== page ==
NEW YORK – After playing in his native Argentina, Italy and Mexico, Maxi Moralez was looking for something different in his next experience. He wanted peace, he wanted tranquility.
So he came to New York City.
Yes, the city that never sleeps is where Moralez chose to come to get away from it all. But unlike New York City FC’s other Designated Players – David Villa, Andrea Pirlo and previously Frank Lampard – the midfielder doesn’t live in Manhattan.
Moralez prefers the suburbs – a tree-lined street, a big backyard.
“It’s very nice because there’s always something to do in the city, which is great,” Moralez said through a translator. “But for me, I chose to live outside of New York City because I wanted a house, to have space, to be with my dogs.”
The 5-foot-3, 115-pound Moralez loves his dogs. The elder of his two Golden Retrievers, Zeus, has been with him in Argentina, Italy and Mexico. The younger, Leon, was a gift to his newborn second child six months ago.
They‘ve been his only companions in New York as he awaits the imminent arrival of his wife and children.
“For the moment, while I wait for my family to come here, it’s just going to training, going home, back to training,” Moralez said.
Moralez is taking English lessons through the club, but his ability to speak Spanish and Italian made the transition a bit easier to communicate with Villa, Pirlo and NYCFC head coach Patrick Vieira.
That his children – the oldest is two and the youngest is six months old – can grow up in the United States was especially appealing for Moralez when deciding to come to NYCFC.
“I like that my kids can grow up learning another language here in the United States,” Moralez said.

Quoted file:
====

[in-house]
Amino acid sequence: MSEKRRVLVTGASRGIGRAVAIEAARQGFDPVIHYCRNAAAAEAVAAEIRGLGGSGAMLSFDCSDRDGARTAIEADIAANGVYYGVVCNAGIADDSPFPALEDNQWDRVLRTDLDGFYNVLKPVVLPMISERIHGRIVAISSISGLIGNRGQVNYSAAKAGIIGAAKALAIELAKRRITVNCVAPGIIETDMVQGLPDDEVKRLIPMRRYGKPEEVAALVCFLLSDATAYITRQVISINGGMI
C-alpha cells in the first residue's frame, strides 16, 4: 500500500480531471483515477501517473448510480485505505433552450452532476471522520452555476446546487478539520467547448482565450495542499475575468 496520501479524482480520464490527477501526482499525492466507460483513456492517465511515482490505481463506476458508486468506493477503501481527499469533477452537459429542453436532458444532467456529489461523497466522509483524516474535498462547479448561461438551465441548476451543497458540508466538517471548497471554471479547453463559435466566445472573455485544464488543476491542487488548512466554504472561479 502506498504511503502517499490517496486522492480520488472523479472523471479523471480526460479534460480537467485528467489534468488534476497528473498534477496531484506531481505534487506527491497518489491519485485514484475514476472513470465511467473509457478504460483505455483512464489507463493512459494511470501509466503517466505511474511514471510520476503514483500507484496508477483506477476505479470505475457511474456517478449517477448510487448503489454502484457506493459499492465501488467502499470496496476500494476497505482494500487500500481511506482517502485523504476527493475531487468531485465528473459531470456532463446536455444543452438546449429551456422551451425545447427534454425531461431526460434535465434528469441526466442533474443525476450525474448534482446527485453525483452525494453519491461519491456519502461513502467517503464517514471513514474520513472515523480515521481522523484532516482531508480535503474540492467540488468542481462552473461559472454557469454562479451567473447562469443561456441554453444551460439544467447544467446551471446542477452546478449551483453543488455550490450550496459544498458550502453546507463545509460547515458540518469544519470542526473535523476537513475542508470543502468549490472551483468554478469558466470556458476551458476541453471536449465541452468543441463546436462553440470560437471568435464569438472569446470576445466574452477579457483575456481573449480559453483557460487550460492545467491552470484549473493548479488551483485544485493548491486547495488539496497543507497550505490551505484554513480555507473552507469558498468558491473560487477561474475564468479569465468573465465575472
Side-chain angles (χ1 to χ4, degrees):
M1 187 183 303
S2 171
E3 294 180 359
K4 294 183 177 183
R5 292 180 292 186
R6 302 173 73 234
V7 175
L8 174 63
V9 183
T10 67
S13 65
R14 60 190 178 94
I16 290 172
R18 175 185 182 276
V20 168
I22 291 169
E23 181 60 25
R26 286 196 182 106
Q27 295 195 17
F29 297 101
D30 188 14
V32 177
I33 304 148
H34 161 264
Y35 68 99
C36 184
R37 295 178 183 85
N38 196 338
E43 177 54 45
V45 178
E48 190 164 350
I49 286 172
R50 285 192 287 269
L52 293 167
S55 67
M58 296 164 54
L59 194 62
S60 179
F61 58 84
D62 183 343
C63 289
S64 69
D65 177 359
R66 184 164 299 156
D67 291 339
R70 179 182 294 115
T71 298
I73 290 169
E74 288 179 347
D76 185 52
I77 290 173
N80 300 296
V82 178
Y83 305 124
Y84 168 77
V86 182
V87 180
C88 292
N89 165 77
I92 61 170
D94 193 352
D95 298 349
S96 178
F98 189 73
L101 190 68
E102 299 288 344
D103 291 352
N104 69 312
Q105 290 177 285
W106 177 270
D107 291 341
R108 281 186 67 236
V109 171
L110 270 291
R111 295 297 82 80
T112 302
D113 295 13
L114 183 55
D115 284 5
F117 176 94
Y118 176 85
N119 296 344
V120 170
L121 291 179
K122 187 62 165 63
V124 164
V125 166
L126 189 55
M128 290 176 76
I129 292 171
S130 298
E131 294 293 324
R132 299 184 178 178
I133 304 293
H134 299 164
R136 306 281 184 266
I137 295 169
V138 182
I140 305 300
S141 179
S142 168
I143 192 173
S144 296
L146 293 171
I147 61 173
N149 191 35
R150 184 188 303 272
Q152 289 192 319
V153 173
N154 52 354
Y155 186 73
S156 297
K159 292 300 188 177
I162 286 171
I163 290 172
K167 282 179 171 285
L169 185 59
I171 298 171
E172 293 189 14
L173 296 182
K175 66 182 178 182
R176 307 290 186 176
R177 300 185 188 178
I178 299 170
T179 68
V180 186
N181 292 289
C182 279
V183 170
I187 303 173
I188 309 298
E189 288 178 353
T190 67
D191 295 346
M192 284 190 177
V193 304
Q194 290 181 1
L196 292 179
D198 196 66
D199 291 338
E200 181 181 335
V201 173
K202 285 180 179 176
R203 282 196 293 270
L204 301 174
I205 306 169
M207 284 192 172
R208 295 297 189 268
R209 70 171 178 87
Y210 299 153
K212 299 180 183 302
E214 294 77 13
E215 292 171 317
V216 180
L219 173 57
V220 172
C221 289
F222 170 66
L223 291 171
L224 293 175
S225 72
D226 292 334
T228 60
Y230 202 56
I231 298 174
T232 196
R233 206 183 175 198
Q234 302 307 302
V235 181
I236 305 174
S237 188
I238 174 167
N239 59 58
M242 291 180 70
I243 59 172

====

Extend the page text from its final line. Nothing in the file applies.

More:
Moralez also likes the relative anonymity that comes with playing soccer in New York City. That wasn’t the case in his other spots, where he played for the biggest club in town.
“In Argentina, it’s not that people were necessarily bothering me, but they’d always recognize me. Also in Mexico and Italy it was the same thing,” Moralez said. “Here, basketball and baseball are the primary sports and soccer is after that. It’s nice to have more of a normal life.”
Moralez had never visited the US before signing with NYCFC as their latest DP on Feb. 15, but his wife had been to Manhattan and loved it. She just so happens to be close friends with the wife of Montreal Impact midfielder Ignacio Piatti, speaking with her this winter about the possibility of Moralez moving to NYCFC and setting the table for the two attacking midfielders to have a discussion on the merits of moving to MLS and North America.
“He said marvelous things, that he was so happy with the league and country,” Moralez said. “It’s very good for your family. It’s very tranquil especially compared to living in Argentina and the football itself is very professional.”
As it turned out, Piatti was spot on with his scouting report, Moralez said. Although, there have been some subtle nuances – like when he was asked for his autograph in Orlando after a loss in the season-opener.
“Those things never happened in Argentina,” he said.
Moralez started his career in Argentina with Racing and scored the winning goal to lift Velez Sarsfield to the league championship in 2009. He went on to enjoy success in Serie A with Atalanta before moving to Liga MX to compete with Club Leon in 2016.
Things quickly turned rocky in Mexico. He was brought in by Juan Antonio Pizzi, but after just three games, Pizzi left to become the Chilean national team head coach and Moralez would have two more managers – Luis Fernando Tena and Javier Torrente – over the course of 12 months.
“Things got complicated,” Moralez said. “I wasn’t playing much and there was a lot of changes that didn’t really favor me. It was not a great situation.”
It was, though, for NYCFC brass, who were looking for someone to fill a very specific role after Lampard retired following the end of the 2016 season.